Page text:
(a) "Arguto conjux", &c. Virgil. Georgie. l. 1. v. 294. So Penelope in Homer, Minerva & Arachne in Ovid. Metamorph. l. 6. fab. 1. v. 55, &c. Vid. Pignorium de servis, p. 418. Braunium de Vest. Sacerd. Hebr. l. 1. c. 17. sect. 33. (b) "De Vest". Sacerd. Hebr. l. 1. c. 16. sect. 8.

And Delilah said unto Samson, Hitherto thou hast mocked me, and told me lies: tell me wherewith thou mightest be bound. {g} And he said unto her, If thou weavest the seven locks of my head with the web.

(g) It is impossible if we give place to our wicked affections, for eventually we will be destroyed.

13. If thou weavest the seven locks … web] plaits … warp. Weaving was the work of women as well as of men; see the illustration from the Egyptian tombs at Beni Hasan dating from the Middle Kingdom, Benzinger, Hebr. Archäol.2, p. 151; Delîlah has a loom in her house. This was a horizontal loom fastened into the ground, as in the illustration referred to1[56]

[56] It looks as if it were upright; but this is due to the absence of perspective in Egyptian drawing.

; hence it would be easy to weave the hair of a person lying asleep upon the floor into the warp, i.e. the horizontal threads which are intersected at right angles by the weft, in this case Samson’s hair. To form the web, i.e. the woven cloth, a further operation is necessary, the beating up of the weft with a flat rod or batten, here rendered pin (Jdg 16:14); the word usually means peg, esp. a tent-peg (see Jdg 5:26 mg.), but that it could also be used of a flat stick appears from Deuteronomy 23:13 (paddle or spade).

The sentences needed to complete Jdg 16:13 and to provide the proper beginning of Jdg 16:14 have accidentally fallen out. With the help of the Greek versions the gap may be filled thus: “If thou weavest the seven plaits of my head with the warp, and beatest them up with the batten, then shall I become weak and be as any other man. So she made him sleep, and wove the seven plaits of his head with the warp, and beat them up with the batten.” It will be noticed that the existing text and the restored text both end in the same way. The eye of the copyist passed from the first with the warp to the second, and overlooked the intervening lines: a good instance of the source of textual mistakes known as homoioteleuton. The seven locks may have something to do with solar mythology. The Babyl. Gilgămesh had seven locks; in later Greek art Helios is usually represented with the same number.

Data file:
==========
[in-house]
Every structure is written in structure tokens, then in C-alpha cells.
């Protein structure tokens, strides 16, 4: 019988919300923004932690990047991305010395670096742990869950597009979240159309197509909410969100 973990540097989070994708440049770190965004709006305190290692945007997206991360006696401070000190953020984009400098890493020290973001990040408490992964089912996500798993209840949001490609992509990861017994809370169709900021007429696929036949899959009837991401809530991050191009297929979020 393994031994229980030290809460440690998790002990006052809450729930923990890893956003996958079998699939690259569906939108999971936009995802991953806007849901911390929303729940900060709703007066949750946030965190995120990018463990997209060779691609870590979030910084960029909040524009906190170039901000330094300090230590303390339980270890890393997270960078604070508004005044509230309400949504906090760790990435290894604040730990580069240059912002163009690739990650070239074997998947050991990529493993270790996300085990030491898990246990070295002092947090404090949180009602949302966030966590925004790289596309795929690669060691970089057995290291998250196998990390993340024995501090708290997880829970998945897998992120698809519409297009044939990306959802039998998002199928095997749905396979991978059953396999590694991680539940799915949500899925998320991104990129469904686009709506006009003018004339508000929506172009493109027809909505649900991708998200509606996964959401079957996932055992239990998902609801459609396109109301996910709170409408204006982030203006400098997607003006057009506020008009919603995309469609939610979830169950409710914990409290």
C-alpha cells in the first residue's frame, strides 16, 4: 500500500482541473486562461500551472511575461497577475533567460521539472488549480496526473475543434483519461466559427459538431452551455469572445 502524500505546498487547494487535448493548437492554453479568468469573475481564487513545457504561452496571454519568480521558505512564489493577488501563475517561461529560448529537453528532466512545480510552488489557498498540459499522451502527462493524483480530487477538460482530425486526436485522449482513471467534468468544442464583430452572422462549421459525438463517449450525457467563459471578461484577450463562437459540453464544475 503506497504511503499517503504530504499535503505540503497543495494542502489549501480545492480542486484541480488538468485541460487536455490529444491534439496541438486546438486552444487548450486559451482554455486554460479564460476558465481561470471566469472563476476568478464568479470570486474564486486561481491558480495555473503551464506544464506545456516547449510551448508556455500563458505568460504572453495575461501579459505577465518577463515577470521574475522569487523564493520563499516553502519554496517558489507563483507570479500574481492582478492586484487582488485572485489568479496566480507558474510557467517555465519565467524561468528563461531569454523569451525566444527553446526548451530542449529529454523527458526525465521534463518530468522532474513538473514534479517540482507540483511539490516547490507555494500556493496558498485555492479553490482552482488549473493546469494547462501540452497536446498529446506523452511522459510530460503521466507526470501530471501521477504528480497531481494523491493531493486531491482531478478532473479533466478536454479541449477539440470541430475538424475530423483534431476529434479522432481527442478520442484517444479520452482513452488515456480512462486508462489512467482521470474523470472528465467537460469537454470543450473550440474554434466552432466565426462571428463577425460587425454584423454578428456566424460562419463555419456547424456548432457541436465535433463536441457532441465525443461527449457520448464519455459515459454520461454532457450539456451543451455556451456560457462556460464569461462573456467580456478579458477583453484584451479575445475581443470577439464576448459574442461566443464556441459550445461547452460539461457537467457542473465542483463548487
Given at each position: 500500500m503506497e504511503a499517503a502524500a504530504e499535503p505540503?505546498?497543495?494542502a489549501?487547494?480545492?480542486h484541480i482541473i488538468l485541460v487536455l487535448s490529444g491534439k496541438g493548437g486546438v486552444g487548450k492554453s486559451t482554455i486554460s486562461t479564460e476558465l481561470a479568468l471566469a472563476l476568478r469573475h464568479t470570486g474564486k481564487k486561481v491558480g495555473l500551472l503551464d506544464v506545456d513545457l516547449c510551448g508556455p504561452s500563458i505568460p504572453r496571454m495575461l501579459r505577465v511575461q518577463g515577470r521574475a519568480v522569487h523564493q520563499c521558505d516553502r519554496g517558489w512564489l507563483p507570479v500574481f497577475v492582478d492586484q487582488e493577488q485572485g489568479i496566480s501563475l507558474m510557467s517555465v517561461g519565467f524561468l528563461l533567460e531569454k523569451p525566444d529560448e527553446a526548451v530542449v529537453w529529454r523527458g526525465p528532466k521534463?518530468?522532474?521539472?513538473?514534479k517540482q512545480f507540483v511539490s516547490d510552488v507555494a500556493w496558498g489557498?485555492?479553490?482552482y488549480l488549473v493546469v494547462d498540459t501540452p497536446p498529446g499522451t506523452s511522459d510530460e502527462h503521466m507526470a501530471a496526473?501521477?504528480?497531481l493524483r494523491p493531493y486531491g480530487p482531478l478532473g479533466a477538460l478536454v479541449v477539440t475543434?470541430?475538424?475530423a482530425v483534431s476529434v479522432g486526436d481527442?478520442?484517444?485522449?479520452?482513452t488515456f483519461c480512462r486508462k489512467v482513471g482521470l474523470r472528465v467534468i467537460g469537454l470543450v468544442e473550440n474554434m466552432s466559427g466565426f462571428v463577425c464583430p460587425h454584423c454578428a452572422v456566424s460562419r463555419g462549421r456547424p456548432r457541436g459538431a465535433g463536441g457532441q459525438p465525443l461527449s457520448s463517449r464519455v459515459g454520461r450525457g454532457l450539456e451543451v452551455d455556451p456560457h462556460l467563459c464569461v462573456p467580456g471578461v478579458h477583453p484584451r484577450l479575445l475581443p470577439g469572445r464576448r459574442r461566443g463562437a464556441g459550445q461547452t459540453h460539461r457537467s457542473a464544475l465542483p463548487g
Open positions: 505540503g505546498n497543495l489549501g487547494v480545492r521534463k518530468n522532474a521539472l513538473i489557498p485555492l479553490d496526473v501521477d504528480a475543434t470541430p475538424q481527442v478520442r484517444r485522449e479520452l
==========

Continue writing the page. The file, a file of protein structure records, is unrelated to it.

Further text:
Verse 13. - The seven locks, by which we learn that his mass of hair as a Nazarite was arranged in seven locks or plaits. His resistance was becoming weaker, and he now approached the dangerous ground of his unshorn hair. With the web. This must mean the warp, which was already fastened in the loom, and across which Samson s locks were to be woven as the woof. Judges 16:13The third deception: "If thou weavest together the seven locks of my hair with the warp. And she drove it in with the plug." These words are difficult to explain, partly because several technical terms are used which have more than one meaning, and partly because the account itself is contracted, both Samson's advice and her fulfilment of it being only given in a partial form, so that the one has to be completed from the other. In Judges 16:19, the only other passage in which מחלפות occurs, it no doubt means the plaits into which Samson's long flowing hair was plaited. המּסּכת only occurs here (Judges 16:13 and Judges 16:14), and probably means the woven cloth, or rather what was still upon the loom, the warp of the cloth, δίασμα (lxx). Accordingly the meaning of the verse would be this: If thou weavest the seven plaits of my hair along with the warp upon the loom. The commentators are all agreed that, according to these words, there must be something wanting in the account, though they are not of one opinion as to whether the binding of Samson is fully given here, and all that has to be supplied is the clause "Then shall I be weal," etc. (as in Judges 16:7 and Judges 16:11), or whether the words בּיּתד ותּתקע add another fact which was necessary to the completeness of the binding, and if so, how these words are to be understood. In Bertheau's opinion, the words "and she thrust with the plug" probably mean nothing more than that she made a noise to wake the sleeping Samson, because it is neither stated here that she forced the plug into the wall or into the earth to fasten the plaits with (lxx, Jerome), nor that her thrusting with the plug contributed in any way to the further fastening of the hair. These arguments are sound no doubt, but they do not prove what is intended. When it is stated in Judges 16:14, that "he tore out the weaver's plug and the cloth," it is certainly evident that the plug served to fasten the hair to the cloth or to the loom. Moreover, not only would any knocking with the plug to waken Samson with the noise have been altogether superfluous, as the loud cry, "Philistines upon thee, Samson," would be amply sufficient for this; but it is extremely improbable that a fact with so little bearing upon the main facts would be introduced here at all. We come therefore to the same conclusion as the majority of commentators, viz., that the words in question are to be understood as referring to something that was done to fasten Samson still more securely. היּתד equals הארג היתד (Judges 16:14) does not mean the roller or weaver's beam, to which the threads of the warp were fastened, and round which the cloth was rolled when finished, as Bertheau supposes, for this is called ארגים מנור in 1 Samuel 17:7; nor the σπάθη of the Greeks, a flat piece of wood like a knife, which was used in the upright loom for the same purpose as our comb or press, viz., to press the weft together, and so increase the substance of the cloth (Braun, de vestitu Sacerd. p. 253); but the comb or press itself which was fastened to the loom, so that it could only be torn out by force. To complete the account, therefore, we must supply between Judges 16:13 and Judges 16:14, "And if thou fastenest it (the woven cloth) with the plug (the weaver's comb), I shall be weak like one of the other men; and she wove the seven plaits of his hair into the warp of the loom." Then follows in Judges 16:14, "and fastened the cloth with the weaver's comb." There is no need, however, to assume that what has to be supplied fell out in copying. We have simply an ellipsis, such as we often meet with. When Samson as wakened out of his sleep by the cry of "Philistines upon thee," he tore out the weaver's comb and the warp (sc.,) from the loom, with his plaits of hair that had been woven in. The reference to his sleeping warrants the assumption that Delilah had also performed the other acts of binding while he was asleep. We must not understand the account, however, as implying that the three acts of binding followed close upon one another on the very same day. Several days may very probably have elapsed between them. In this third deception Samson had already gone so far in his presumptuous trifling with the divine gift entrusted to him, as to suffer the hair of his head to be meddled with, though it was sanctified to the Lord. "It would seem as though this act of sin ought to have brought him to reflection. But as that was not the case, there remained but one short step more to bring him to thorough treachery towards the Lord" (O. v. Gerlach).